A defect in iron acquisition similar to that of the HBD mouse has also been observed in vitro for the microcytic anemia mutant (gene symbol mk, phenotype symbol mk).4 Acquisition of iron into mk/mk reticulocytes was significantly lower than normal controls. Aquisition of iron into normal reticulocytes was not different if incubated in normal or mutant plasma, suggesting that the defect is at the transferrin receptor. Additional analysis in vivo on mk mice showed that iron injections failed to improve the blood values and that the transfer of normal bone marrow (BM) to mutant mice only partially improved the phenotype.5 Blood values near normal were obtained in mk recipients of normal marrow if iron was injected. The data from these studies point to a generalized defect in iron acquisition.6 

The mk mouse also has a defect in mucosal iron uptake. The in vitro uptake of iron into the mucosa of everted duodenal sacs is decreased compared with normal controls. This effect is presumably compensated by a net increase in in vitro uptake of iron across the everted sac. In vivo iron retention is decreased, suggesting that this in vitro compensation is not adequate and results in the anemic phenotype.7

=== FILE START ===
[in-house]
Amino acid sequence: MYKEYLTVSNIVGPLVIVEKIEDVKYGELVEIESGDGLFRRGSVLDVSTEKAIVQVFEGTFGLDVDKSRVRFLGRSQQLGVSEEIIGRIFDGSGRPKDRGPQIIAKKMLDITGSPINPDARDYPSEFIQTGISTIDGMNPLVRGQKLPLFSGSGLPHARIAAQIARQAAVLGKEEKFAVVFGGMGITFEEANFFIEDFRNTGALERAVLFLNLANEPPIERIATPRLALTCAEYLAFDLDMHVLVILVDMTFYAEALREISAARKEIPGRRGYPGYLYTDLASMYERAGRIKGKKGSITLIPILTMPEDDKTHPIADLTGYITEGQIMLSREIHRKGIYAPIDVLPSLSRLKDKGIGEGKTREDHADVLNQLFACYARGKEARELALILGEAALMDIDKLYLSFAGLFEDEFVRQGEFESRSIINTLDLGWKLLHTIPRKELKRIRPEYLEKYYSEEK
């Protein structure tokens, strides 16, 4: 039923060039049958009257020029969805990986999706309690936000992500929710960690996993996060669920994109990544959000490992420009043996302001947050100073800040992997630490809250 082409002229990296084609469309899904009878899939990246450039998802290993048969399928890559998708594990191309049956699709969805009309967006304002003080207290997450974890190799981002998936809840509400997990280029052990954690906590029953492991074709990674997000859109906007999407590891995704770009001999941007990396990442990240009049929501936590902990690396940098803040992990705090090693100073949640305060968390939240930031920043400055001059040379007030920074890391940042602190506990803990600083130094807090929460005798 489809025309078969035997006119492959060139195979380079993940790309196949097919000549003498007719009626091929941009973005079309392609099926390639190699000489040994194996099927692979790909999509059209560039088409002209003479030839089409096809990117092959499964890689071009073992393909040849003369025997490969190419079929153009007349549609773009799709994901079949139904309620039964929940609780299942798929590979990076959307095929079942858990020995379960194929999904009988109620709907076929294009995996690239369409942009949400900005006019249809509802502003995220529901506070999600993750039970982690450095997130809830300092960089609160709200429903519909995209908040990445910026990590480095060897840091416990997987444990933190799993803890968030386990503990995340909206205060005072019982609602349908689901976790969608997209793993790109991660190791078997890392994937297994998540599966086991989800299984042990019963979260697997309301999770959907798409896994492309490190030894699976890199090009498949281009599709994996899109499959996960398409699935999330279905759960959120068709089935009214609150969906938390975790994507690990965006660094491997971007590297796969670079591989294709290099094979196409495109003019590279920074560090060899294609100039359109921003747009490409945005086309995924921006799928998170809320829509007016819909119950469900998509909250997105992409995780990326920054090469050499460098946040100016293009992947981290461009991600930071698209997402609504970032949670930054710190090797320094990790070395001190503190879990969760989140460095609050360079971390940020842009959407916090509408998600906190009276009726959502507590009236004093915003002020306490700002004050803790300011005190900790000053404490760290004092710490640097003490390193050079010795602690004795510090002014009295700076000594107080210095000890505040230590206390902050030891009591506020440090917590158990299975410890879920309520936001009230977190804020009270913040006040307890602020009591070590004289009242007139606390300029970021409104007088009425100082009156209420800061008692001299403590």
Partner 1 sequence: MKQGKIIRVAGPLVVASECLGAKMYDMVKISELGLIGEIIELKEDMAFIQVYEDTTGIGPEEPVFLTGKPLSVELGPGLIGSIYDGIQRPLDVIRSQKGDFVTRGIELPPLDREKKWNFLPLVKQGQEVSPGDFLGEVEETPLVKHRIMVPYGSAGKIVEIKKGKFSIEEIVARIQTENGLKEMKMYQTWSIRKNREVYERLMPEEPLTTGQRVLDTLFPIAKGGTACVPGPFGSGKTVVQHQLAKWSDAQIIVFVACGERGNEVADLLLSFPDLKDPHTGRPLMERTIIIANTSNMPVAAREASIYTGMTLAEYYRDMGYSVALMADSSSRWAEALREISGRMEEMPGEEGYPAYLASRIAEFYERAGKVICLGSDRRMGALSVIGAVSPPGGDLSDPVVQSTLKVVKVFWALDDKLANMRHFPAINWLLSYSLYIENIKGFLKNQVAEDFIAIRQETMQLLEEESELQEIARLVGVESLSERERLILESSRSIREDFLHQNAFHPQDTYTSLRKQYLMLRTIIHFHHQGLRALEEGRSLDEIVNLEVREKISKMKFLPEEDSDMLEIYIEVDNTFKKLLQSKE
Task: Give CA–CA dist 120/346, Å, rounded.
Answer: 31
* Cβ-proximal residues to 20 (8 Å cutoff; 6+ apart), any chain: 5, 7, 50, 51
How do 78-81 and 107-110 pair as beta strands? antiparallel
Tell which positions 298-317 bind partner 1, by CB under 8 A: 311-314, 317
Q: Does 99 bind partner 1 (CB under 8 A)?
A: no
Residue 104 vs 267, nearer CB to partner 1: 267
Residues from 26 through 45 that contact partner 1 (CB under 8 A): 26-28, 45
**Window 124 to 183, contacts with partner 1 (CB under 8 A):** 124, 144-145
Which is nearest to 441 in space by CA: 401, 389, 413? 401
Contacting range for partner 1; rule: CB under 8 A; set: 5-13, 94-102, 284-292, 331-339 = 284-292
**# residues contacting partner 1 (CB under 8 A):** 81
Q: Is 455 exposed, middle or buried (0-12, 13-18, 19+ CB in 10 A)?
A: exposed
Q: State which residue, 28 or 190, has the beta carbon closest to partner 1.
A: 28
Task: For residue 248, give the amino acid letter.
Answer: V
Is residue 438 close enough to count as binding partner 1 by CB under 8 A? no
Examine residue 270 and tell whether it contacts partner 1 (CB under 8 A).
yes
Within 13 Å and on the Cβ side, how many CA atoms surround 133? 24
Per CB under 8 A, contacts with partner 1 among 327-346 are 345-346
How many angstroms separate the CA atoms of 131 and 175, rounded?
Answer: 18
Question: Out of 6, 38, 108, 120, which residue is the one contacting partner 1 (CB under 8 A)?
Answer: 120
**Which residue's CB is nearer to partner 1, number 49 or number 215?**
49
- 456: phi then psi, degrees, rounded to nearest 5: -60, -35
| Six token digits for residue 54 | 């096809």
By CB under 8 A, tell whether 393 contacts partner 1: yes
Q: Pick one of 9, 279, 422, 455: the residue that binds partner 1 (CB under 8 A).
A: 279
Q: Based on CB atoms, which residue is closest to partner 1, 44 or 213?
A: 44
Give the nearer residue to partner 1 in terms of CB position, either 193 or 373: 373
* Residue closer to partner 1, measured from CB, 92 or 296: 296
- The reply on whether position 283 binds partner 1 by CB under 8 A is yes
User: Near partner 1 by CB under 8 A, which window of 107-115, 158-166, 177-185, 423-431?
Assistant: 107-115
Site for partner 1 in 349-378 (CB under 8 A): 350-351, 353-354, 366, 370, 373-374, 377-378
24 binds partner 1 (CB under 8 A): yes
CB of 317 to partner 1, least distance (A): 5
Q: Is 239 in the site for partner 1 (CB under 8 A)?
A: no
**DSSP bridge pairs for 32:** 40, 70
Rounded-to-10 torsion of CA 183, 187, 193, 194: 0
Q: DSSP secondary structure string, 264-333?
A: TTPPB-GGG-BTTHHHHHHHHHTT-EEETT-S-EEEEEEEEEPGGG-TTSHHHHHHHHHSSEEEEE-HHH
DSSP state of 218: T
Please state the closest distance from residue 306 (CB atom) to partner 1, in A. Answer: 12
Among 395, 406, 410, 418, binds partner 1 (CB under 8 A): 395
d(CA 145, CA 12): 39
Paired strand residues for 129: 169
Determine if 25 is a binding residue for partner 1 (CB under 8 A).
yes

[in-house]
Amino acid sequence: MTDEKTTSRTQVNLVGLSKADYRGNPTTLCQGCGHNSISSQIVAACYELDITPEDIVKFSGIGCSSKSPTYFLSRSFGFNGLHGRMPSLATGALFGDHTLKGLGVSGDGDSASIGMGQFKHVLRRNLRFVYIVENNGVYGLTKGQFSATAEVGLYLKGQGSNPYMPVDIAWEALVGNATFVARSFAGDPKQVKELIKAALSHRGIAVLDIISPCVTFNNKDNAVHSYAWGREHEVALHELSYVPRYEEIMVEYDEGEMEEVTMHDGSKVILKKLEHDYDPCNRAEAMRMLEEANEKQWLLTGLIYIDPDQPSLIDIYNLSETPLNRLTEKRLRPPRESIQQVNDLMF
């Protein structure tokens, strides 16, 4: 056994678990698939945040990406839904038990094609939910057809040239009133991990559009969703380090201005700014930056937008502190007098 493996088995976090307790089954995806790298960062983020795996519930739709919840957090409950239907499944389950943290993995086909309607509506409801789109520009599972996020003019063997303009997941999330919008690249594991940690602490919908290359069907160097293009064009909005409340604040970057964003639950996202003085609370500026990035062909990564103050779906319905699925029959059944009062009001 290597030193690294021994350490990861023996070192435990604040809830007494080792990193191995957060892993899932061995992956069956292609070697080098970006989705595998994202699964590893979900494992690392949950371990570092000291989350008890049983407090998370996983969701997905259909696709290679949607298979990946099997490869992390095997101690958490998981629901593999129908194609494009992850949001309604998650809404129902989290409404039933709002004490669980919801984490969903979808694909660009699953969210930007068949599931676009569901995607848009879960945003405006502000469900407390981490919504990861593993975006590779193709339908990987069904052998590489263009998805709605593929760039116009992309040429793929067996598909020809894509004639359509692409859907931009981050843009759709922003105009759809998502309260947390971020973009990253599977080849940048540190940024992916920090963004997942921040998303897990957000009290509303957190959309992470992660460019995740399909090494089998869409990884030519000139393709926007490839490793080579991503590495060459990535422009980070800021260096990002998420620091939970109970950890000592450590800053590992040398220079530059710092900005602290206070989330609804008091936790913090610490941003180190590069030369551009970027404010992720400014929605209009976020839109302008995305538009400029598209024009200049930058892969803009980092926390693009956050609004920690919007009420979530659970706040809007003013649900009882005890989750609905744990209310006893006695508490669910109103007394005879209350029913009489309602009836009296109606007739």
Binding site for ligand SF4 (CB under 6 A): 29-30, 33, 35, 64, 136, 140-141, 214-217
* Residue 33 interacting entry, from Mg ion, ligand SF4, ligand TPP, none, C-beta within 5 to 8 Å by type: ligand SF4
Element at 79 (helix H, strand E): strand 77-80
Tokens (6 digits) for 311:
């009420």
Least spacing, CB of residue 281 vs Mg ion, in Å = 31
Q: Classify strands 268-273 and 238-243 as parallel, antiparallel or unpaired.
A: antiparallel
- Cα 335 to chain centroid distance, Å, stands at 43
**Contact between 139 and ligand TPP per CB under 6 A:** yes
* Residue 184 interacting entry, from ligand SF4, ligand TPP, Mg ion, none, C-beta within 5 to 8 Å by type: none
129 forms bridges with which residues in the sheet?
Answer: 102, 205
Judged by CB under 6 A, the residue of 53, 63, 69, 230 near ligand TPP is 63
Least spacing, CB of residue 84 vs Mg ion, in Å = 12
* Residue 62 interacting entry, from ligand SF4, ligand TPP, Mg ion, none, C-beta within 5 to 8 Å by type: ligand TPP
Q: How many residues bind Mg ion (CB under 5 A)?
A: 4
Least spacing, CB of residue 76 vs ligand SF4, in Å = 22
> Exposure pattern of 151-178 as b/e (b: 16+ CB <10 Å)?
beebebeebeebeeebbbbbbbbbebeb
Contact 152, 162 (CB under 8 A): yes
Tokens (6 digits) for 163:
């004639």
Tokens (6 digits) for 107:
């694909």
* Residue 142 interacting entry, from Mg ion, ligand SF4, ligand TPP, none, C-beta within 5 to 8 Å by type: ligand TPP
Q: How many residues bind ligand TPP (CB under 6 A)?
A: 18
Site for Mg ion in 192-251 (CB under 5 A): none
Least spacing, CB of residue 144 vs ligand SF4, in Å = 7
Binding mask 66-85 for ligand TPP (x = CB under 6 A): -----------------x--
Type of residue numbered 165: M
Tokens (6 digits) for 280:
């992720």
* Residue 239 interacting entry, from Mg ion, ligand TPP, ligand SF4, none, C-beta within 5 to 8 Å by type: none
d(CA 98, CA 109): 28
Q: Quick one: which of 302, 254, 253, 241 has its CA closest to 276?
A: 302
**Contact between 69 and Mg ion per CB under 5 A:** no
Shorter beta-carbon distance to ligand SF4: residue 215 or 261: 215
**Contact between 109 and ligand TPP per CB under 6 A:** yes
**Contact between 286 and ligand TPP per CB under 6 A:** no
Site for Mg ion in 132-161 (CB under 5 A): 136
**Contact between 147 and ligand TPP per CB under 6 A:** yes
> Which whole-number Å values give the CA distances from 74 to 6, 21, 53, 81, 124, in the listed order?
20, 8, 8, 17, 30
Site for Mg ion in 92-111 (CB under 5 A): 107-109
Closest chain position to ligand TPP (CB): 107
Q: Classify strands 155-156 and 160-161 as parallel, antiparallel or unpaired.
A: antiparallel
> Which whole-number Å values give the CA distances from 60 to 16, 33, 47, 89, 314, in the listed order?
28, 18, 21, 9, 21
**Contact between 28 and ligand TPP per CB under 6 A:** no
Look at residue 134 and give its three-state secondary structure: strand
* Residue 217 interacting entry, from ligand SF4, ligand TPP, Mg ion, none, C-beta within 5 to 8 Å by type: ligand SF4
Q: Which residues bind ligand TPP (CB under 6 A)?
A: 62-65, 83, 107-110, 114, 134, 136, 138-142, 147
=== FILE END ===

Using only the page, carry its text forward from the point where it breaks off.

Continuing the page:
The sex-linked anemia mouse appears to have a defect in iron absorption in the gut.8 Iron dextran injections remarkably improve the phenotype, suggesting that the defect is localized to the gut.9 In vitro experiments similar to those used for the mk mouse have shown a defect in transport across the mucosa while uptake into the mucosa appears to be unaffected.10 

The biochemical effects of these mutations on iron acquisition have been clearly established. Given these findings, each model represents a unique opportunity to assess the resultant biologic effects of iron deficiency. The purpose of this study is to further define the HBD defect by analyzing, in vivo and in vitro, the effects of the mutation on BM progeny as well as progenitor and stem cells. To resolve this question, BM from HBD mice was transplanted into normal myeloablated recipients. We report here that the recipients of HBD marrow developed a long-term anemic phenotype that was comparable to the phenotype of the HBD donor. We conclude from these data that the HBD mutation results in a BM defect and that this defect may contribute substantially to the anemic phenotype of the HBD mouse.

In addition to phenotype analysis, engraftment of donor marrow was analyzed. Compared with normal controls, the HBD erythroid component was slower to reconstitute at the 4-week time point. Competitive repopulation as well as progenitor colony assays were performed to further assess the possible defect in erythropoiesis.

MATERIALS AND METHODS